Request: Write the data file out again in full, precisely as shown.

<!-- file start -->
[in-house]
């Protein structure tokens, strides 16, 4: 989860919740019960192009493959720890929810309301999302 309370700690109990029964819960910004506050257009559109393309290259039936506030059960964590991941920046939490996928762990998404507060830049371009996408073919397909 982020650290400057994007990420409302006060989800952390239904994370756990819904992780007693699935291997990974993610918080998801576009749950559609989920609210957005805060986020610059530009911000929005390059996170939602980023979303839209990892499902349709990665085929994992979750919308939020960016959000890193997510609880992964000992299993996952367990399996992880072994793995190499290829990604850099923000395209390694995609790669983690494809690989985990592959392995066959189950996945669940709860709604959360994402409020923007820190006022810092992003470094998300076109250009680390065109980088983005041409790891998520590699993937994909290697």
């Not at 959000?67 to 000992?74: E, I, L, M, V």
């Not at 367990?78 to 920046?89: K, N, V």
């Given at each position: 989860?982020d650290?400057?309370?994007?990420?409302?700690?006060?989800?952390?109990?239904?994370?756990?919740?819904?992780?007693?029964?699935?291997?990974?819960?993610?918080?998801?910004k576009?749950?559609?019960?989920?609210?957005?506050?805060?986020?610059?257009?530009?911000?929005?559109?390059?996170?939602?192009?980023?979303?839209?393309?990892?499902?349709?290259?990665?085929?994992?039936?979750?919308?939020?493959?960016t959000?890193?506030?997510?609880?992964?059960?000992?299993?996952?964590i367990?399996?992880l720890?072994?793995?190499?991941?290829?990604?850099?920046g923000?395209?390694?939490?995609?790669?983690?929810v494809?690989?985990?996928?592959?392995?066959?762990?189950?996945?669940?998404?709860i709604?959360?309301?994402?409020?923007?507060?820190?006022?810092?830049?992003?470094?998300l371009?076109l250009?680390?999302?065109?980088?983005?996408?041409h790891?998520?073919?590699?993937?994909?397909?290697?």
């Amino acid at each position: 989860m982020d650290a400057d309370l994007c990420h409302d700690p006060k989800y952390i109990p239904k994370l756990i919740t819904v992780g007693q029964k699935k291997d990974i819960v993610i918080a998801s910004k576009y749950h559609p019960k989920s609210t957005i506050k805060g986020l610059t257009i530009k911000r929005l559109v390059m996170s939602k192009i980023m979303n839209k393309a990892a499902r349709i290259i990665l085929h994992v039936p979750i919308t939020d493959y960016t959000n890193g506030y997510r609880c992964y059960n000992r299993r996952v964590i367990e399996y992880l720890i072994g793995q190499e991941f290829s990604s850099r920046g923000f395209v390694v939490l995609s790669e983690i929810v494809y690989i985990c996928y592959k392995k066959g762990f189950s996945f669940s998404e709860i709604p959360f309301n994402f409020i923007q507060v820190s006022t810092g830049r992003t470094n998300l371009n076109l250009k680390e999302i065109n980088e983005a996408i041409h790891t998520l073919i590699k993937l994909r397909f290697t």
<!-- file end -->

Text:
[in-house]
């Protein structure tokens, strides 16, 4: 989860919740019960192009493959720890929810309301999302 309370700690109990029964819960910004506050257009559109393309290259039936506030059960964590991941920046939490996928762990998404507060830049371009996408073919397909 982020650290400057994007990420409302006060989800952390239904994370756990819904992780007693699935291997990974993610918080998801576009749950559609989920609210957005805060986020610059530009911000929005390059996170939602980023979303839209990892499902349709990665085929994992979750919308939020960016959000890193997510609880992964000992299993996952367990399996992880072994793995190499290829990604850099923000395209390694995609790669983690494809690989985990592959392995066959189950996945669940709860709604959360994402409020923007820190006022810092992003470094998300076109250009680390065109980088983005041409790891998520590699993937994909290697």
């Not at 959000?67 to 000992?74: E, I, L, M, V």
């Not at 367990?78 to 920046?89: K, N, V």
């Given at each position: 989860?982020d650290?400057?309370?994007?990420?409302?700690?006060?989800?952390?109990?239904?994370?756990?919740?819904?992780?007693?029964?699935?291997?990974?819960?993610?918080?998801?910004k576009?749950?559609?019960?989920?609210?957005?506050?805060?986020?610059?257009?530009?911000?929005?559109?390059?996170?939602?192009?980023?979303?839209?393309?990892?499902?349709?290259?990665?085929?994992?039936?979750?919308?939020?493959?960016t959000?890193?506030?997510?609880?992964?059960?000992?299993?996952?964590i367990?399996?992880l720890?072994?793995?190499?991941?290829?990604?850099?920046g923000?395209?390694?939490?995609?790669?983690?929810v494809?690989?985990?996928?592959?392995?066959?762990?189950?996945?669940?998404?709860i709604?959360?309301?994402?409020?923007?507060?820190?006022?810092?830049?992003?470094?998300l371009?076109l250009?680390?999302?065109?980088?983005?996408?041409h790891?998520?073919?590699?993937?994909?397909?290697?």
């Amino acid at each position: 989860m982020d650290a400057d309370l994007c990420h409302d700690p006060k989800y952390i109990p239904k994370l756990i919740t819904v992780g007693q029964k699935k291997d990974i819960v993610i918080a998801s910004k576009y749950h559609p019960k989920s609210t957005i506050k805060g986020l610059t257009i530009k911000r929005l559109v390059m996170s939602k192009i980023m979303n839209k393309a990892a499902r349709i290259i990665l085929h994992v039936p979750i919308t939020d493959y960016t959000n890193g506030y997510r609880c992964y059960n000992r299993r996952v964590i367990e399996y992880l720890i072994g793995q190499e991941f290829s990604s850099r920046g923000f395209v390694v939490l995609s790669e983690i929810v494809y690989i985990c996928y592959k392995k066959g762990f189950s996945f669940s998404e709860i709604p959360f309301n994402f409020i923007q507060v820190s006022t810092g830049r992003t470094n998300l371009n076109l250009k680390e999302i065109n980088e983005a996408i041409h790891t998520l073919i590699k993937l994909r397909f290697t």